I know Korean children have found permanent homes in the states since the 1950s, but I really feel like my parents were ahead of their time when they adopted me 20-some-odd years later. They worked and sacrified to give me the world, at least as much as you can in small-town Missouri.

Anyway, when I was 18, my parents surprised me with a trip to Korea. I went with Dillon International, the agency I volunteered with for four years ( The trip, called a birthland tour, catered to an adoptee and his or her family. Not only did we travel the country to get a glimpse of the culture, we also stayed at the Eastern Social Welfare Society where we held newborns awaiting homes in the U.S. We visited an unwed mothers' home, and saw our own adoption files, too.

I was adopted through Holt International (, so when I had some free time, I went to the agency's office. One day, I even had the privilege to eat with Molly Holt, the daughter of the agency's founder, Harry Holt. We had pizza! What an amazing woman.

I did say this is the short version, right?

Anyway, I wasn't expecting to meet my birth family, but I did a few days before I left the country. It was overwhelming. My Korean parents are still married, and I have three biological sisters--two older, one younger.

I thought it was pretty interesting since I had no idea of my background, but it's not near as fascinating as the story that landed me in the states--this is what I was told:

My Korean parents were not doing well financially in the 70s. They already had two toddlers and were expecting their third (me). My birth father was a fisherman, and he went away to work. He and my birth mother hoped for a son. It's a cultural thing, sons traditionally bring more honor to a family since their role is to take care of the aging parents.

When my Korean mother gave birth to me in a free clinic, I guess she felt desperate. She relinquished me and told my birth father that I had died. When he returned, he consoled her, and almost immediately she got pregnant again. However, she kept her secret for 18 years, until the summer I made my way back to my birthland. Isn't that crazy?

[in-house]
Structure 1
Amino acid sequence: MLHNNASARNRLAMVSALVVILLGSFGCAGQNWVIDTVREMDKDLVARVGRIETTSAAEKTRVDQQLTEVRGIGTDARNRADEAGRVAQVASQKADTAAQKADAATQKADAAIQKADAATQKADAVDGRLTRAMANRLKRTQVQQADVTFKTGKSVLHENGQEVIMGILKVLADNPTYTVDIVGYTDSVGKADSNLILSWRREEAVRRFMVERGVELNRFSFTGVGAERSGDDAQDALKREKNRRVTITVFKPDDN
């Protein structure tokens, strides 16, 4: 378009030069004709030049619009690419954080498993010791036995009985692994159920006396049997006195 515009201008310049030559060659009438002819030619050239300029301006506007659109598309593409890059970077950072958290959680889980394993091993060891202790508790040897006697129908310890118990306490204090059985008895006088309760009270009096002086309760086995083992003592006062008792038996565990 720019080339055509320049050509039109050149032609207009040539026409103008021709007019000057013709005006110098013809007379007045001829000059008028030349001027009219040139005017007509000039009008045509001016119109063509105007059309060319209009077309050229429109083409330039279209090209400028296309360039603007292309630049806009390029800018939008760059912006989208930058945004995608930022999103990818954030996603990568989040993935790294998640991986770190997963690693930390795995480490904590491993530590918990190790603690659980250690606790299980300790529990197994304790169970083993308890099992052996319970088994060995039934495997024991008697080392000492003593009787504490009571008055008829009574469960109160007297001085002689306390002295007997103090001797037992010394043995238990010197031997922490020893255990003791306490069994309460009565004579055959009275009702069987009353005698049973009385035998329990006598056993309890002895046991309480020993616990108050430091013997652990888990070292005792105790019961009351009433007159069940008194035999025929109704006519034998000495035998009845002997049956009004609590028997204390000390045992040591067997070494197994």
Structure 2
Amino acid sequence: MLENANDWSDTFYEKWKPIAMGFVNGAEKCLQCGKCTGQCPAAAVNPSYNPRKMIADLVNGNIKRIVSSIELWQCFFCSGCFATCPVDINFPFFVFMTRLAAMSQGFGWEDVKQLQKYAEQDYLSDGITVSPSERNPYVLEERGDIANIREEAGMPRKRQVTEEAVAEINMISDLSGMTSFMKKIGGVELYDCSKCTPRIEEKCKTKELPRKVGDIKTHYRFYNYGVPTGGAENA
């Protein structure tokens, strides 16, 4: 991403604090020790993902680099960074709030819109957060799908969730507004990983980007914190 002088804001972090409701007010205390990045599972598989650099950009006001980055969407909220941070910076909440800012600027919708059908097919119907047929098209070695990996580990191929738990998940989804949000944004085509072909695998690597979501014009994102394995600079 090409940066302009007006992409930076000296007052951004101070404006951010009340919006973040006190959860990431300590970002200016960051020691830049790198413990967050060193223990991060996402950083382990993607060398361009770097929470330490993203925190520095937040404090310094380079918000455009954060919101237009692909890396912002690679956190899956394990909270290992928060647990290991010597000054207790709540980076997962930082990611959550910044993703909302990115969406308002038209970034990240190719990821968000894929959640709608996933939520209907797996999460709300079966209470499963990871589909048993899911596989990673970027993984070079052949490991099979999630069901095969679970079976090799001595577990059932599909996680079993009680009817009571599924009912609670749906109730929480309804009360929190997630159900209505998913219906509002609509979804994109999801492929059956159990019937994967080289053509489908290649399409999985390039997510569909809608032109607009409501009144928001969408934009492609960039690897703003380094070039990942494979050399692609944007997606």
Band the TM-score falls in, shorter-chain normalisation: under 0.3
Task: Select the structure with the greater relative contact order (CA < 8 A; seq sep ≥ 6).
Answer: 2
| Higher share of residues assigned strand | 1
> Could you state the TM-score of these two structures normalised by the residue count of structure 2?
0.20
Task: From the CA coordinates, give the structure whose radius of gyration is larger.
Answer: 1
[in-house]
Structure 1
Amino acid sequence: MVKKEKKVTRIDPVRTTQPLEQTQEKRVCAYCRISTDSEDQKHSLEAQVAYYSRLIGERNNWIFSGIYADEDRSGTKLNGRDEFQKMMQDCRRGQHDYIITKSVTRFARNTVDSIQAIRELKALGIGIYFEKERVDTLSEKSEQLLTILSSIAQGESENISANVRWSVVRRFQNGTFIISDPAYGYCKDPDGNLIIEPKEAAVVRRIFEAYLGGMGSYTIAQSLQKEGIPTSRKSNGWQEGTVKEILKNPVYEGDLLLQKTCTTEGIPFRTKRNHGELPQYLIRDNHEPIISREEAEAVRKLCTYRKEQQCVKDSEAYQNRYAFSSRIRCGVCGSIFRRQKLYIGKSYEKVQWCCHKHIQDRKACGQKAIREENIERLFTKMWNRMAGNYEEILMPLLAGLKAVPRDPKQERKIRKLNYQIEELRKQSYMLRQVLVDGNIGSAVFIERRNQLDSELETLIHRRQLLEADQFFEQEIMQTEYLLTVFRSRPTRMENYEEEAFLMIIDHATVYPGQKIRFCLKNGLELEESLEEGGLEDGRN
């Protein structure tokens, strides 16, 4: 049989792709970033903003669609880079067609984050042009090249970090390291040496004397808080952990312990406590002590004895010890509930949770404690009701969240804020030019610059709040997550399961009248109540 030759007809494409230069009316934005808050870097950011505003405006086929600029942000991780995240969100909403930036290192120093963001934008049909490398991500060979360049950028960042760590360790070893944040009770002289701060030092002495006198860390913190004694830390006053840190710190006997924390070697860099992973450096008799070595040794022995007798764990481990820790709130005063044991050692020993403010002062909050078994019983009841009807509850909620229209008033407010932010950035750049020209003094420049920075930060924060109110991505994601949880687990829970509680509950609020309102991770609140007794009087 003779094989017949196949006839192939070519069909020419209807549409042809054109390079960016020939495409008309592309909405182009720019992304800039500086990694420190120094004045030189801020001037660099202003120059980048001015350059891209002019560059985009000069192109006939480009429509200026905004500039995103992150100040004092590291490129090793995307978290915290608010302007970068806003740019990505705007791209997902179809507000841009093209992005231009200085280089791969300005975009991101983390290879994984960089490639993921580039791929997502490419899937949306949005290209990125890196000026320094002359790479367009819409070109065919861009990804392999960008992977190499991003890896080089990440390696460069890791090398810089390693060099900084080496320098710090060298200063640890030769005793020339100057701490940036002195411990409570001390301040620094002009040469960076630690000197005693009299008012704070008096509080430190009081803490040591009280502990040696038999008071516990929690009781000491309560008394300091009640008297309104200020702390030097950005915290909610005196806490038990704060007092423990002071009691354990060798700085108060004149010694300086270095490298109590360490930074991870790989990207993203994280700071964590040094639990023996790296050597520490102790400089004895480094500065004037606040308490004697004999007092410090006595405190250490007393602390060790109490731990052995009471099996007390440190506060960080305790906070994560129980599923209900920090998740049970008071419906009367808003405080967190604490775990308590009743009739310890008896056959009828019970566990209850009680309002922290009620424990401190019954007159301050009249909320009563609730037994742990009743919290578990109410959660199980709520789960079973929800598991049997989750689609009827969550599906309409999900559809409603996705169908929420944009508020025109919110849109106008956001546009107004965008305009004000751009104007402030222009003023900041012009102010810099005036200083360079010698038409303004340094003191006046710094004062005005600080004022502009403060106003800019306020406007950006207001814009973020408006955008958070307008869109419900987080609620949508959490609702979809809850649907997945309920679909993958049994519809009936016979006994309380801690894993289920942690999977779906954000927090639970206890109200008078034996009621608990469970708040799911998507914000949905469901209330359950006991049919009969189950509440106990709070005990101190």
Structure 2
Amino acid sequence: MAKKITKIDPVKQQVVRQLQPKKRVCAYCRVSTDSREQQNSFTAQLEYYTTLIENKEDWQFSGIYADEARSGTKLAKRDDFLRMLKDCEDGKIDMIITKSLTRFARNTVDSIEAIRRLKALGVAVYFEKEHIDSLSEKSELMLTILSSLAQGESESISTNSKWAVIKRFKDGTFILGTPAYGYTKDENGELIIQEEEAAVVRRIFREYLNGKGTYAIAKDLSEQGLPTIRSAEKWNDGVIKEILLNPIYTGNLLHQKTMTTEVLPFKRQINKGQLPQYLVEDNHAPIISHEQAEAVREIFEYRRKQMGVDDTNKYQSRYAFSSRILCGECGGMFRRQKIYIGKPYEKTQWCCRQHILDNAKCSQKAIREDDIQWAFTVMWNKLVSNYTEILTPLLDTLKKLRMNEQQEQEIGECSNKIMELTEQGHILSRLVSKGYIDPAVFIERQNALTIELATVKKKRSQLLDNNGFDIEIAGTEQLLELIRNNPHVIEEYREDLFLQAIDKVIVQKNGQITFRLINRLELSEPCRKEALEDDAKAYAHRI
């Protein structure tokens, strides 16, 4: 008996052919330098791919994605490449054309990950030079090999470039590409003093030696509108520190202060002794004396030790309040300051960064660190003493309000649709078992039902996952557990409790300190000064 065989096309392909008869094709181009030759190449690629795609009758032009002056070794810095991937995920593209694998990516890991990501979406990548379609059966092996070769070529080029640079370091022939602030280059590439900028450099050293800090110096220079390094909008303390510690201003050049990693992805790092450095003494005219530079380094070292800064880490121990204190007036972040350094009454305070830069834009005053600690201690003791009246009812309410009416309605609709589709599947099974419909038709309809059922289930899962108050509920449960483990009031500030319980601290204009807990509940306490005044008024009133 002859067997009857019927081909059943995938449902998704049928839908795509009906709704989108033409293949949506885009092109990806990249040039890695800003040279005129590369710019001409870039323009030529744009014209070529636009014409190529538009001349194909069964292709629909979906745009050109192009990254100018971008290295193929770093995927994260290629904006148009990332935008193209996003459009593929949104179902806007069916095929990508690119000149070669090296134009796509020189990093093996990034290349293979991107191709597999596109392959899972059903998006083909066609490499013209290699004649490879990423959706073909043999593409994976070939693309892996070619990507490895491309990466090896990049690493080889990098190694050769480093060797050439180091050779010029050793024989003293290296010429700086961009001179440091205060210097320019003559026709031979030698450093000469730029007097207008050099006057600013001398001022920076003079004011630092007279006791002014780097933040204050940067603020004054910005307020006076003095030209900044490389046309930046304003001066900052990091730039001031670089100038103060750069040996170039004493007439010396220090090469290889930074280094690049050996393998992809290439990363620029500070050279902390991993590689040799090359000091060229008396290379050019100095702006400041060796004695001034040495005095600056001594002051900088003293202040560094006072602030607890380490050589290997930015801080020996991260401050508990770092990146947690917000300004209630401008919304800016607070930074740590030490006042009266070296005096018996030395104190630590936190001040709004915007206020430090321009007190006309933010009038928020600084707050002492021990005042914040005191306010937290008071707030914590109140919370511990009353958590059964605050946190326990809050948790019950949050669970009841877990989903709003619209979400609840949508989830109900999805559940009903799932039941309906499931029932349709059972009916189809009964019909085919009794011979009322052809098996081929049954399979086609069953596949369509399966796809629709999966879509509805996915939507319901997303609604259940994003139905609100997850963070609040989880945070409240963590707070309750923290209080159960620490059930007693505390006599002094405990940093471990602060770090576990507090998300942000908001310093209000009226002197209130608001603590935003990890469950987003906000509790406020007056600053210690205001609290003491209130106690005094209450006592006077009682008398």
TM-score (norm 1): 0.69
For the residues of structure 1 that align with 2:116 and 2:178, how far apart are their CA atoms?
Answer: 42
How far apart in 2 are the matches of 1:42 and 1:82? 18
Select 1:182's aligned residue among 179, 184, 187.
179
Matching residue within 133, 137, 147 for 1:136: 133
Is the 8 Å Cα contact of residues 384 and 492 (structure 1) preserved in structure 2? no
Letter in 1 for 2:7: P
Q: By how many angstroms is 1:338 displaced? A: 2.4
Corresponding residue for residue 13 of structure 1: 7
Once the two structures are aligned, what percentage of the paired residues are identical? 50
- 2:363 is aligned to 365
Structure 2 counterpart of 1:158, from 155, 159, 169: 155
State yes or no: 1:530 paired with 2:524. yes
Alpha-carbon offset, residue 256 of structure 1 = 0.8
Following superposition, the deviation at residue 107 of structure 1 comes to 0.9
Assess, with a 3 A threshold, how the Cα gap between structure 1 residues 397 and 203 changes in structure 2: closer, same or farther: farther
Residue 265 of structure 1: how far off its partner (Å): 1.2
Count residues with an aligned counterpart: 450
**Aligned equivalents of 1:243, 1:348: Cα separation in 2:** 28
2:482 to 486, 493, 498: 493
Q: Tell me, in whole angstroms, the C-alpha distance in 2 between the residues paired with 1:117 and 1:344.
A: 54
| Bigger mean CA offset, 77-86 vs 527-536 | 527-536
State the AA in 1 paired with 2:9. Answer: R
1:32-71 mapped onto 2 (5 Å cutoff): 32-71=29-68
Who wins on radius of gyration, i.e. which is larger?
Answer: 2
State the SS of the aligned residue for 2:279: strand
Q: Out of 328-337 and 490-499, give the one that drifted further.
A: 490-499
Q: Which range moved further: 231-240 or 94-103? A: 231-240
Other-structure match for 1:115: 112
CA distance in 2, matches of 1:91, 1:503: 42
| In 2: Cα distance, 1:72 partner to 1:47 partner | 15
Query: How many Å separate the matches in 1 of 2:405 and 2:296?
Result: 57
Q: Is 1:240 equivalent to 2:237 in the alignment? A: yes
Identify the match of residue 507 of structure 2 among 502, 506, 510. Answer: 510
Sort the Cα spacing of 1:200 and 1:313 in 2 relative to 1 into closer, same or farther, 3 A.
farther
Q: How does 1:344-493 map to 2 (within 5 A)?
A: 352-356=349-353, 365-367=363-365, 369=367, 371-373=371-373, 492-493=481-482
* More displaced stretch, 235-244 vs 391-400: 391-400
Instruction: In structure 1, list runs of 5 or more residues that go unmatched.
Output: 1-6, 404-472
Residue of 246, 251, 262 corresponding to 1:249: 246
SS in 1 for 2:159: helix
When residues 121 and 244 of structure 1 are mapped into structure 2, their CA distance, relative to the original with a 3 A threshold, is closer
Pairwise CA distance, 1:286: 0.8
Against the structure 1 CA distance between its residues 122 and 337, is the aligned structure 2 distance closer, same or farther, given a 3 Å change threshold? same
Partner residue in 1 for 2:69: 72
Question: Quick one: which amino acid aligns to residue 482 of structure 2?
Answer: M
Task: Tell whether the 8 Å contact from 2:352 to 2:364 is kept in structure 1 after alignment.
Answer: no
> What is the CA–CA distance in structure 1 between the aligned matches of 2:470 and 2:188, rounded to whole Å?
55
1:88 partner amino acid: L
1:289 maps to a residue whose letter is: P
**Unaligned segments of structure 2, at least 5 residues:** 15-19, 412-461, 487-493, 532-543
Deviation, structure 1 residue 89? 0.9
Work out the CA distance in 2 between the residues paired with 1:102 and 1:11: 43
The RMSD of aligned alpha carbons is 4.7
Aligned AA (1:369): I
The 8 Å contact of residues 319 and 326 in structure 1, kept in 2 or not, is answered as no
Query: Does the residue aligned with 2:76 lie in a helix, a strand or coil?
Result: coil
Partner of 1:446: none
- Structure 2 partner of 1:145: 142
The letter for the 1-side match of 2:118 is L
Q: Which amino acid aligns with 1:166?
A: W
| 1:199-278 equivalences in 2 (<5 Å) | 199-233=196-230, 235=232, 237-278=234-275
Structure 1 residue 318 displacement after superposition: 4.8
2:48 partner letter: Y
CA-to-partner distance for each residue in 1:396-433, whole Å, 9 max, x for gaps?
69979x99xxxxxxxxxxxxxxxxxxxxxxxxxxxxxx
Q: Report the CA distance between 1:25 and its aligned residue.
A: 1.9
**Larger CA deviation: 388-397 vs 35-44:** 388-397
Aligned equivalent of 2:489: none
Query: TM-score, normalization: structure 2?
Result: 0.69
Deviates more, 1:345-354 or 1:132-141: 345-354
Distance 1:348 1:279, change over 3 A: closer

We're almost at the end...this is longer than I thought.

How did it all turn out?! My birth father was shocked, but in the end, he apologized to my Korean mother for putting so much pressure on her to have a son. I suppose my birth mother finally felt relieved...and they were both extremely grateful to my parents, Charles and Sharon, for "raising such a happy child". I was ecstatic to learn that I had sisters, but at the same time I was incredibly sad to go through such a life-changing experience without my parents. They were a wreck back in Missouri! The international phone bill was more than the value of my current car, which really isn't saying that much, but c'mon!

My dream is for my parents to meet my birth family. Charles and Sharon are just too dang old to take a long flight and then walk all over Korea. My mom has bad knees, my dad has a bad back, and he's had a long and hard year recovering from brain tumor surgery. On the other hand, it would cost a fortune to bring my entire Korean family over for a visit. So, if anyone knows how they can meet, give me some ideas!! Please!

My sisters are all wonderful women. My Korean parents got back on their feet and were able to put the girls through college. They're single and workin' it! They are a blast, and there's not a day goes by I don't think of them. We can sort of communicate because I took two years of college Korean, and they learned English in school as well.

So that's my story! If you can believe it, it's actually WAY longer. But I talk for a living, what did you expect?! Thank you for all of your stories, please send me more and post them so we can all share!